F.L.Y. Fishing (Favorite Lures of Youth)

Do you remember your favorite fishing lure as a kid?

BassMaster Elite angler, Alton Jones said his favorite as a youth was to topwater lure, a Heddon Spook.

Topwater lures are a great lure for kids because of the visual appeal. With most submerged lures, we are left to imagine the lure action and movement until it returns and we catch a glimpse.  With a topwater lure, you always know what it is doing. Twitch, or rest it at the right time and the resulting explosion from underneath by a bass certainly reinforces that action.

Young Greg Hackney’s favorite lure was the spinnerbait. In fact, he said, “for a long time, I didn’t even know any other lures existed. Threw it year round and caught everything.”

This spinnerbait has a complex look to it and the distinctive wobble of the blade helps young anglers know if the speed is right, or if it maybe needs a quick jerk to clear any vegetation that might have tangled the blade.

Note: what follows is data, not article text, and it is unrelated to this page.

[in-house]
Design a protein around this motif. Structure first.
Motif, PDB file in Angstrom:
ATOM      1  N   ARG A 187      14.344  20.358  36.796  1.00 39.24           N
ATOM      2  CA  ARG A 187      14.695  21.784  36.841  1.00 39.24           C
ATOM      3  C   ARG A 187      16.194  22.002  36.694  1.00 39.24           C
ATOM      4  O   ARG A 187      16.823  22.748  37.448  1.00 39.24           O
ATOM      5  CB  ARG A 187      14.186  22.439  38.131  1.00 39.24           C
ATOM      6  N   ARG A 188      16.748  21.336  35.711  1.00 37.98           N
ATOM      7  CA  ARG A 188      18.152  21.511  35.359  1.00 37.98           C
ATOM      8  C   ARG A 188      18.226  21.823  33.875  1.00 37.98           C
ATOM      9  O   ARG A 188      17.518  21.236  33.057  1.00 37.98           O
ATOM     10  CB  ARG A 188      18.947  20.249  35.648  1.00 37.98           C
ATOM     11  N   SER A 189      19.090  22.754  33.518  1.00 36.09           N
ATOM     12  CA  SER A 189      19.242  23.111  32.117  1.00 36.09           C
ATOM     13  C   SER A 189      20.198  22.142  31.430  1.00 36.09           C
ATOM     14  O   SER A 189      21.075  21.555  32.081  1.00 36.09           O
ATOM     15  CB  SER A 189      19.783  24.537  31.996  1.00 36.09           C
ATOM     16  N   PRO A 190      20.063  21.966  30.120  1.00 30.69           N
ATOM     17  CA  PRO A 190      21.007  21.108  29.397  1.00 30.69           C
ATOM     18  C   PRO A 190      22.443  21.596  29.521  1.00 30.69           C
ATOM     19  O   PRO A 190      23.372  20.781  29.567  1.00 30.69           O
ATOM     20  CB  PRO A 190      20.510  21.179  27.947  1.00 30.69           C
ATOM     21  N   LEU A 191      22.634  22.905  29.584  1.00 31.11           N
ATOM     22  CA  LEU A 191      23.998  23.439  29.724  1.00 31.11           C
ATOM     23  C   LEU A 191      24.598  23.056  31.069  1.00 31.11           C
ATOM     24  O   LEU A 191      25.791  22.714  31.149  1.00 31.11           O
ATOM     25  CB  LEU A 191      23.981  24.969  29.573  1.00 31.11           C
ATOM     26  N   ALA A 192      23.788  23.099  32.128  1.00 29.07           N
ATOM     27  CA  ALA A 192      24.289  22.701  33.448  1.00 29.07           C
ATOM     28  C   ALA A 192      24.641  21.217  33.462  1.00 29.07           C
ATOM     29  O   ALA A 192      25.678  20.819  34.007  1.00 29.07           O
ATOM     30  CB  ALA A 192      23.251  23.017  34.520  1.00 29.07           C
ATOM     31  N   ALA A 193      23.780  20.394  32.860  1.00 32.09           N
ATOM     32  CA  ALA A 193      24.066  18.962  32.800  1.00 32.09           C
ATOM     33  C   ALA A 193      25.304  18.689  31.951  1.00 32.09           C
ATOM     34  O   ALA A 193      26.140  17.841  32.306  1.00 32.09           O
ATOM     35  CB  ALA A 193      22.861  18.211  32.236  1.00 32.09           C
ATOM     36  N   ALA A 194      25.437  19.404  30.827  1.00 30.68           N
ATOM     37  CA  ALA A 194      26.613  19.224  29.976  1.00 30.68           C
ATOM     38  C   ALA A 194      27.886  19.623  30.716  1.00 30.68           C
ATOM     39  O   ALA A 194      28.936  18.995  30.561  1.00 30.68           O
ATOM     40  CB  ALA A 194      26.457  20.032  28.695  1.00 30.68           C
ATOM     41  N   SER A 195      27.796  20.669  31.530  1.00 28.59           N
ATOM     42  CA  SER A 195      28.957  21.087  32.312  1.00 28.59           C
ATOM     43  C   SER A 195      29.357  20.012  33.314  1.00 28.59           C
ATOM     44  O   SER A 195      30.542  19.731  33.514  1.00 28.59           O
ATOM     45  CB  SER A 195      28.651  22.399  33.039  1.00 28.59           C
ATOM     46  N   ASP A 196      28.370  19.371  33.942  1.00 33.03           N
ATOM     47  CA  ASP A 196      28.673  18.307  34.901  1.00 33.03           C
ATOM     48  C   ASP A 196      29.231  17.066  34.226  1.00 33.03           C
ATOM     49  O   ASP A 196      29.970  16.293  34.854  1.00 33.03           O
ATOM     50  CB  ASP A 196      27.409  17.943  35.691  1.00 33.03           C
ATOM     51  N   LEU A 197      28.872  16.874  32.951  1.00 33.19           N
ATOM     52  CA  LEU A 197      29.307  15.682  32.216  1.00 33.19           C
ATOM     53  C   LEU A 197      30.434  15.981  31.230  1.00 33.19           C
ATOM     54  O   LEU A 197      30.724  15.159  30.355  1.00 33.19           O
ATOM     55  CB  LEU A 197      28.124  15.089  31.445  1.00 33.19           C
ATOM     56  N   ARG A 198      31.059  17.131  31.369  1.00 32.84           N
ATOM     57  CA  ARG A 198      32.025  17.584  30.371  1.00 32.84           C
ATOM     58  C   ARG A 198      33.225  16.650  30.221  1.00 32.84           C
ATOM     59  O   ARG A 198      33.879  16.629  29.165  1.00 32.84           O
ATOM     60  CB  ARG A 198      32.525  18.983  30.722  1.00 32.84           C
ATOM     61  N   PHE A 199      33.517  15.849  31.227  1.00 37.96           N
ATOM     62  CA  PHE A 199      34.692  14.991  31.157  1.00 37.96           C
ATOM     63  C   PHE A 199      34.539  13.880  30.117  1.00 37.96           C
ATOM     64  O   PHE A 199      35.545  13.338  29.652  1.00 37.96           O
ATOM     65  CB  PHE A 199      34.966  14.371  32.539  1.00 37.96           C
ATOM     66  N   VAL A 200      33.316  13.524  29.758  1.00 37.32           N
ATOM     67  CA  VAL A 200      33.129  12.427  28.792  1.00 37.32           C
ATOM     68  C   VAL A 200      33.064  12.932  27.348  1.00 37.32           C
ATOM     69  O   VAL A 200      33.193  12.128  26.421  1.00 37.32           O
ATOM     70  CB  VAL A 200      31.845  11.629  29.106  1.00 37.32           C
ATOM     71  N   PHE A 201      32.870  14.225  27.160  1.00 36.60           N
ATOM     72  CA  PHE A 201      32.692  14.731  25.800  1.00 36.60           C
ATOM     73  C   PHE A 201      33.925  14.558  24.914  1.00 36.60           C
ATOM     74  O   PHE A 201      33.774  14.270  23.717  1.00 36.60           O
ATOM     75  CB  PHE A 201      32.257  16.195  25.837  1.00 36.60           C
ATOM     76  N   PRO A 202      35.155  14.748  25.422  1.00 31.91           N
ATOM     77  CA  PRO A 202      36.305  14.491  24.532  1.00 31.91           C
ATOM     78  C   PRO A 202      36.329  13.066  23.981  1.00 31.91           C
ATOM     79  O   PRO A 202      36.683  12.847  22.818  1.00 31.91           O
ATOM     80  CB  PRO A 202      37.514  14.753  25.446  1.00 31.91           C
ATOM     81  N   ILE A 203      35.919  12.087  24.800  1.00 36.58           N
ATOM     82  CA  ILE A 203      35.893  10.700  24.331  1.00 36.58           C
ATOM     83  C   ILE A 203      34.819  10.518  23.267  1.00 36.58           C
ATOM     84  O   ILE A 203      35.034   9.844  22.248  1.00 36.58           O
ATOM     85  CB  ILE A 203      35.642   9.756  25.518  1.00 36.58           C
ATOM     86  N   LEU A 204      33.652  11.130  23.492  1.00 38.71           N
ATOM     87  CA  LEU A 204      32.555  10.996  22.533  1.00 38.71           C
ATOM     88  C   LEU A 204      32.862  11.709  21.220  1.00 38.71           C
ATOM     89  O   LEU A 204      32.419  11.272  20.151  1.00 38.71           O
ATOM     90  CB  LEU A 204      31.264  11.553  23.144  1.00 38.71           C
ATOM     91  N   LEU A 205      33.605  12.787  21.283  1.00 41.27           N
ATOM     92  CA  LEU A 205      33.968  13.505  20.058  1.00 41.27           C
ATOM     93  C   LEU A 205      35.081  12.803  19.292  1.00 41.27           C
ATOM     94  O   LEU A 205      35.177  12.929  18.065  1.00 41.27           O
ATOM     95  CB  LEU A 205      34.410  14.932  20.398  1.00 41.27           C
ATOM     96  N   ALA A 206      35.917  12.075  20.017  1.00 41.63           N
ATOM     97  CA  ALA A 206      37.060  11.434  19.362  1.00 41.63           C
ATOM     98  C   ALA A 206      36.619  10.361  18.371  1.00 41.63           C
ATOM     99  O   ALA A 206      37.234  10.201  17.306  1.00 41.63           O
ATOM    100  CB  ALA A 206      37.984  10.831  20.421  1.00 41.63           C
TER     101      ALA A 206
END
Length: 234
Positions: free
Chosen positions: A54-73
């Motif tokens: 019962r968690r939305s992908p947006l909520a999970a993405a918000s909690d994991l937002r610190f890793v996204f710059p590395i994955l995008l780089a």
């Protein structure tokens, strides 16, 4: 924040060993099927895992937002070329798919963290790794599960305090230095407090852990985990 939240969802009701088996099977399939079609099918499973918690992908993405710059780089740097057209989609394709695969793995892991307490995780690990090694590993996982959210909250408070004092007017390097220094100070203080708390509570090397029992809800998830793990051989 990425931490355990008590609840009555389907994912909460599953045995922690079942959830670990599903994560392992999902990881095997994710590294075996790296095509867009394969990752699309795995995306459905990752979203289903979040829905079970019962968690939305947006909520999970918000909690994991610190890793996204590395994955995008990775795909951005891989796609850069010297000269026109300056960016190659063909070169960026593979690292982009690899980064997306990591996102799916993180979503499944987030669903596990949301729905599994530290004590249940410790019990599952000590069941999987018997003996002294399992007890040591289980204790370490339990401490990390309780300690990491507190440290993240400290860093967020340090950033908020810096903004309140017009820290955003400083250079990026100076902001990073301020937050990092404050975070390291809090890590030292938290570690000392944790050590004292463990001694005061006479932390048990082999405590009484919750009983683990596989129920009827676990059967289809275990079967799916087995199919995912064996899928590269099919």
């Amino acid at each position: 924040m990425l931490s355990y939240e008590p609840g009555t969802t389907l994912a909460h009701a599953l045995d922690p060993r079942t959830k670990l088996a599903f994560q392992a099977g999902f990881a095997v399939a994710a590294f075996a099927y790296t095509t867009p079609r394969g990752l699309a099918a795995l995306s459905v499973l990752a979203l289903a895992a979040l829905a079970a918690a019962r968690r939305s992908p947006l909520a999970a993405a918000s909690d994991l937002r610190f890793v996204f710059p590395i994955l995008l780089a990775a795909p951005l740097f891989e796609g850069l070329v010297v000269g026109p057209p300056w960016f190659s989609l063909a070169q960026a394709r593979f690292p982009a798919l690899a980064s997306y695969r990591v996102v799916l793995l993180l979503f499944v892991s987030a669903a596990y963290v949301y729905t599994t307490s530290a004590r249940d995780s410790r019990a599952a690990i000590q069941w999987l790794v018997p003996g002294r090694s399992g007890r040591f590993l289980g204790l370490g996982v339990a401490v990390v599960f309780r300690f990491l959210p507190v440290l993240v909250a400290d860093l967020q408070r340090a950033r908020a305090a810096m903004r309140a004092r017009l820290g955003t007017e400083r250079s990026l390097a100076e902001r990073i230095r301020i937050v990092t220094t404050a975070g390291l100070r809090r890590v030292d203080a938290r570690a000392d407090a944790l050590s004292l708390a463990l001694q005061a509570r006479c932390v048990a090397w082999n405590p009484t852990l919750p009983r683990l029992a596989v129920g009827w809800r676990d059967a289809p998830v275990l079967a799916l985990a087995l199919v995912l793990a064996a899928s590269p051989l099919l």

For many, that first lure was a “rubber” worm. Gerald Swindle threw a black, pink-tailed worm.  Bill Lowen used a plain, purple, soft-plastic worm; while Edwin Evers’ purple worm had a white tail.

The rubber worm requires a bit of initial kid patience because they are worked slowly. However, during the summer especially, it does not take long for actively feeding bass to be convinced it is a deluxe meal. Plus, rubber worms are some of the coolest things on the planet and kids love to play with them.

Mine, in case you were wondering, was the Mepp’s Black Fury in-line spinner. It was black except for a red bead and the gold spots on the blade and tip of the tail. In farm ponds of Oklahoma, it was a 5-year-old’s confidence builder. It caught bass, crappie, and sunfish of all sizes.

Strangely, I would have to exhaust many other possibilities before I’d cast one today. Might not even be able to find one in the tackle box. Oh, the Mepp’s Black Fury will still catch fish, but my favorite lure collection seems to have evolved. Maybe it is time to come full circle and try it again.

Do you still use your favorite lure as a kid?

Andy Whitcomb

Andy Whitcomb

Andy is an outdoor writer (http://www.justkeepreeling.com/) and stressed-out Dad has contributed over 380 blogs to takemefishing.org since 2011. Born in Florida, but raised on banks of Oklahoma farm ponds, he now chases pike, smallmouth bass, and steelhead in Pennsylvania. After earning a B.S. in Zoology from OSU, he worked in fish hatcheries and as a fisheries research technician at OSU, Iowa State, and Michigan State.